This section is from the book "Cyclopedia Of Architecture, Carpentry, And Building", by James C. et al. Also available from Amazon: Cyclopedia Of Architecture, Carpentry And Building.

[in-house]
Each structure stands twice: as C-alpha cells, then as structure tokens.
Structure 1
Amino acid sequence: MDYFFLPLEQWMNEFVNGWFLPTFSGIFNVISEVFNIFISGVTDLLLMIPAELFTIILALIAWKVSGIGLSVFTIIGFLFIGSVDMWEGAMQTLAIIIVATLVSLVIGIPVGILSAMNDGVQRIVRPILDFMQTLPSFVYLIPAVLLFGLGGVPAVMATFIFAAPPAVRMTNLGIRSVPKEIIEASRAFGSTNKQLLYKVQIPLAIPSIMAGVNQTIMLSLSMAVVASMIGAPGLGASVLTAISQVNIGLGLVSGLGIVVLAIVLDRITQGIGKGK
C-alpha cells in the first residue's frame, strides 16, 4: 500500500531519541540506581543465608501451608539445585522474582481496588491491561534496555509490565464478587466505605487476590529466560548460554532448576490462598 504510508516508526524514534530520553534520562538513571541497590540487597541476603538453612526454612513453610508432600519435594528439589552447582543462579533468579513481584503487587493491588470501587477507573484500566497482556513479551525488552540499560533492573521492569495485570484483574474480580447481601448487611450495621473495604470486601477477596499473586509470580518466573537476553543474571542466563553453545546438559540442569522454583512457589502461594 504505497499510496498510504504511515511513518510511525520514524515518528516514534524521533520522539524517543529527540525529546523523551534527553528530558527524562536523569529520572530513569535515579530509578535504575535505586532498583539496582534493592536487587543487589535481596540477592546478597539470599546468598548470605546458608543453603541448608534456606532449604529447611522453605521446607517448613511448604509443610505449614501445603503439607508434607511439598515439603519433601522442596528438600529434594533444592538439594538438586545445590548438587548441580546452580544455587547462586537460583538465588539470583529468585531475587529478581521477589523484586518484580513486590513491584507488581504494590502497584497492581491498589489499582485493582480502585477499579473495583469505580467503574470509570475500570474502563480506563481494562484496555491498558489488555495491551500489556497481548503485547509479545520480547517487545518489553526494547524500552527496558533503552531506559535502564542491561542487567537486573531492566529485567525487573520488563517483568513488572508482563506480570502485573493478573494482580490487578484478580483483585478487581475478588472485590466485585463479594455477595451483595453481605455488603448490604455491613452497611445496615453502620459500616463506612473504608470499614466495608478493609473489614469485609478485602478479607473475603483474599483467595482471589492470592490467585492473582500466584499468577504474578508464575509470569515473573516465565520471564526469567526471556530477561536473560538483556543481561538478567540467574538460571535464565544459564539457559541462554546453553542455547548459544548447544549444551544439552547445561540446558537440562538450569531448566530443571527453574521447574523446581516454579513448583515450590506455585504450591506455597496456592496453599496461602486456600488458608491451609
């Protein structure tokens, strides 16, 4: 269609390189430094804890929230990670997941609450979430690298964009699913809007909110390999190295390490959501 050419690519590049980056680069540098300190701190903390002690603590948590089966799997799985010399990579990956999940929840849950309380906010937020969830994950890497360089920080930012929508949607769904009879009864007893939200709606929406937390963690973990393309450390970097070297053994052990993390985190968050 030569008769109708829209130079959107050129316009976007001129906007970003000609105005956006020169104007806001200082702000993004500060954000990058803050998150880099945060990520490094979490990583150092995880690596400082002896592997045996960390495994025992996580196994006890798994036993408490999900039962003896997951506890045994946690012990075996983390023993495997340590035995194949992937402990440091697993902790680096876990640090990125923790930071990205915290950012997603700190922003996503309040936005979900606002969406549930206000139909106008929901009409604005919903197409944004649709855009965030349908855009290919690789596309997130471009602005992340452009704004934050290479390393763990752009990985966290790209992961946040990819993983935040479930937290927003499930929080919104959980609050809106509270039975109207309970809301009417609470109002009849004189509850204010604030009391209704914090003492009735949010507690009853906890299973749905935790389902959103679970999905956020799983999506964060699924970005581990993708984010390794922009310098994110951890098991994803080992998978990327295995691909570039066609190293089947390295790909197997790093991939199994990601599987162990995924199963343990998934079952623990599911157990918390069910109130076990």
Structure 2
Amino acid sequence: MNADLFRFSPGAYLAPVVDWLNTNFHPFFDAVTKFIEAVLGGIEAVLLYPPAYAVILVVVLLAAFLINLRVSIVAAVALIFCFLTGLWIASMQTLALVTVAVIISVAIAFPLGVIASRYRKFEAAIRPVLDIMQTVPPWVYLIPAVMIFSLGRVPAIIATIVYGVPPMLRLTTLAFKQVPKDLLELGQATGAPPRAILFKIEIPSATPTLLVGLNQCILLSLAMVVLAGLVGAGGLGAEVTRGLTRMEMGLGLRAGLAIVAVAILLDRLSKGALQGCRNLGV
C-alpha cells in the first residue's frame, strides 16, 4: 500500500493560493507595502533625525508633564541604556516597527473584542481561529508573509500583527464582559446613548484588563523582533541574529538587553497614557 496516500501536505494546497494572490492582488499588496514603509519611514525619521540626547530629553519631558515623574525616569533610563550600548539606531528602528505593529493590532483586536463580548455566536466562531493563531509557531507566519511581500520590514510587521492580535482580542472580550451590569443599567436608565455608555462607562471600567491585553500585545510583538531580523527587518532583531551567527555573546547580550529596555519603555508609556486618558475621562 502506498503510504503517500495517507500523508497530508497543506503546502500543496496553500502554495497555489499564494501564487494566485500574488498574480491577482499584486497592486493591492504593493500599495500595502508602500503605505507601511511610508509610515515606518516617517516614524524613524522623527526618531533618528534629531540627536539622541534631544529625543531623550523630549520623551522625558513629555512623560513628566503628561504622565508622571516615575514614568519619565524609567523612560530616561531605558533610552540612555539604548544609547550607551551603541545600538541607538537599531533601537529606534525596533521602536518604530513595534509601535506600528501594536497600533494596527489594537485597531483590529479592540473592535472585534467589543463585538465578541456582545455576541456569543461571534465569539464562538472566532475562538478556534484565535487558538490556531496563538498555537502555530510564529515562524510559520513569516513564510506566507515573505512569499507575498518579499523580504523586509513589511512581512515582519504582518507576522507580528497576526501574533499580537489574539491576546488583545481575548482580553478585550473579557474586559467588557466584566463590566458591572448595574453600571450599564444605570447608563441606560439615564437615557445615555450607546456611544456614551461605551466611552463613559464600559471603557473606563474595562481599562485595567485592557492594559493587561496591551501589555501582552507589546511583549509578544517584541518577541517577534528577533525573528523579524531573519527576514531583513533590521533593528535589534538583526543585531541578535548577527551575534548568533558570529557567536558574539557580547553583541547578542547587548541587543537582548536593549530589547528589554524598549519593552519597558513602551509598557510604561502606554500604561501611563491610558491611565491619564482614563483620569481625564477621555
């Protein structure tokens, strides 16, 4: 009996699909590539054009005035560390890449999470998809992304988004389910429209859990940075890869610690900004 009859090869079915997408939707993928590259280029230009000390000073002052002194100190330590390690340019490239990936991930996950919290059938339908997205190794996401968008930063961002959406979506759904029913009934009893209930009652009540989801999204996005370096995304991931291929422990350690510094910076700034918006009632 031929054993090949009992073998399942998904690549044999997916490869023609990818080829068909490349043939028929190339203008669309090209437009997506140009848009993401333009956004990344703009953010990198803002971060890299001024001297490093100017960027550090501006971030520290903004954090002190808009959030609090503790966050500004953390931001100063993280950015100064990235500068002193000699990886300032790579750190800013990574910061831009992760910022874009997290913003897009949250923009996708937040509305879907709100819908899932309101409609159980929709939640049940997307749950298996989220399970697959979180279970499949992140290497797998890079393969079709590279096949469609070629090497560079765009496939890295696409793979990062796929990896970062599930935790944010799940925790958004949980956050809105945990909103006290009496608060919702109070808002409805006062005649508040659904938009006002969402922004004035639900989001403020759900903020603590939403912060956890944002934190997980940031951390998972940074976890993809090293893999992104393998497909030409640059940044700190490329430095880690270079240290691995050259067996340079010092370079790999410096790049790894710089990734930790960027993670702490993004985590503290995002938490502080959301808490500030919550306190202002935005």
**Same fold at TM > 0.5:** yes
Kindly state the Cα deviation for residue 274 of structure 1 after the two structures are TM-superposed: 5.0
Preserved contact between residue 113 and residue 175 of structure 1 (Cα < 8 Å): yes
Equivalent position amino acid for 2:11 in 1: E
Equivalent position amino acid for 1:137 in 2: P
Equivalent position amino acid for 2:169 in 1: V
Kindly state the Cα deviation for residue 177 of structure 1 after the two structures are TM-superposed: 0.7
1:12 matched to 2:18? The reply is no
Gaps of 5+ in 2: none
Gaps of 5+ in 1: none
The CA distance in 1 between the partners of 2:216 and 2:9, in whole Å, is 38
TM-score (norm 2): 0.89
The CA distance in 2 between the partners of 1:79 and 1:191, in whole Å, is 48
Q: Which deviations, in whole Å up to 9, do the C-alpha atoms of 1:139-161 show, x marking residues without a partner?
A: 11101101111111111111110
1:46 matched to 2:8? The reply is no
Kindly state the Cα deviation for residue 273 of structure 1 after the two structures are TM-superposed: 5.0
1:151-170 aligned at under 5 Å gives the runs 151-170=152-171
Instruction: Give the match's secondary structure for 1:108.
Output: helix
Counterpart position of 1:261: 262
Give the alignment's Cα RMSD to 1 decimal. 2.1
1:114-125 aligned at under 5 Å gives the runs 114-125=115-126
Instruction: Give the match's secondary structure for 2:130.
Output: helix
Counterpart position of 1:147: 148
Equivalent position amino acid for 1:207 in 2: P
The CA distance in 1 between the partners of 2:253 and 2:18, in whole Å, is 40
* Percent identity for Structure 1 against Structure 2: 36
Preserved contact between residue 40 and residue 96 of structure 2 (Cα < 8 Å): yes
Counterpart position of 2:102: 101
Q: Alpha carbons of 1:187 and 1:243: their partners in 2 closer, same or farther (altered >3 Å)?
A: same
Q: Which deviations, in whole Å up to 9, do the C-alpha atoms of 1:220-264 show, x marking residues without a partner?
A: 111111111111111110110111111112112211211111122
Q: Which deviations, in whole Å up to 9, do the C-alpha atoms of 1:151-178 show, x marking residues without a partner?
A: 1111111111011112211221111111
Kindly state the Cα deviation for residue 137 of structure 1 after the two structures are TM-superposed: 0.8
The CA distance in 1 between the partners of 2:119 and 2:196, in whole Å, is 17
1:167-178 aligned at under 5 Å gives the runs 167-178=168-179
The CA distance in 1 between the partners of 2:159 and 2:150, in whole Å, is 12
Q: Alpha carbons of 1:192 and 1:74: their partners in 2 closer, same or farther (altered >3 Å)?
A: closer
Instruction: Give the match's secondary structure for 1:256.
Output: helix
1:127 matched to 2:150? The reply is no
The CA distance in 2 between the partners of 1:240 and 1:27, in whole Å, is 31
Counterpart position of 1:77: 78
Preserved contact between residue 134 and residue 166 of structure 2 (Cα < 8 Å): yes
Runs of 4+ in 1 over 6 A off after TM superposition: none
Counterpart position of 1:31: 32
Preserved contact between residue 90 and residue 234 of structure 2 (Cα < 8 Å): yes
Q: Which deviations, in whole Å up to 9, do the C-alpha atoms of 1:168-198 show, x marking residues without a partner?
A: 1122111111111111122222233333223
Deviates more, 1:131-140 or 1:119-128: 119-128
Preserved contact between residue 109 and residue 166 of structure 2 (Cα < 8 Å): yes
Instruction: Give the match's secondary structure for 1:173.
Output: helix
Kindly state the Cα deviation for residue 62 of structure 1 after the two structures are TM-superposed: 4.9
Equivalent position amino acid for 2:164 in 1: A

A method of finishing open-grained interior woodwork, which has been practiced for a few years, consists in first staining the wood with a water-stain - dyeing it, usually - and then, when it is dry, filling the pores of the wood with a paste filler which has been colored by the addition of a pigment. For example, the wood may receive a stain of any dark color, and the wood-filler be mixed with white lead. This shows the open or porous part of the grain in white on a dark background. By using artistic combinations of color in the stain and filler, very beautiful effects can be produced, and this finish has been used in some of the most handsome and costly public and private buildings. Thus, if a room is to be decorated in green, the woodwork can be made to harmonize with the prevailing color. An oil stain must not be used on the wood, as it will not work well with the filler. The colored filler is applied and rubbed off in the same way that any paste filler is used, and then the varnish is applied over it in the usual way.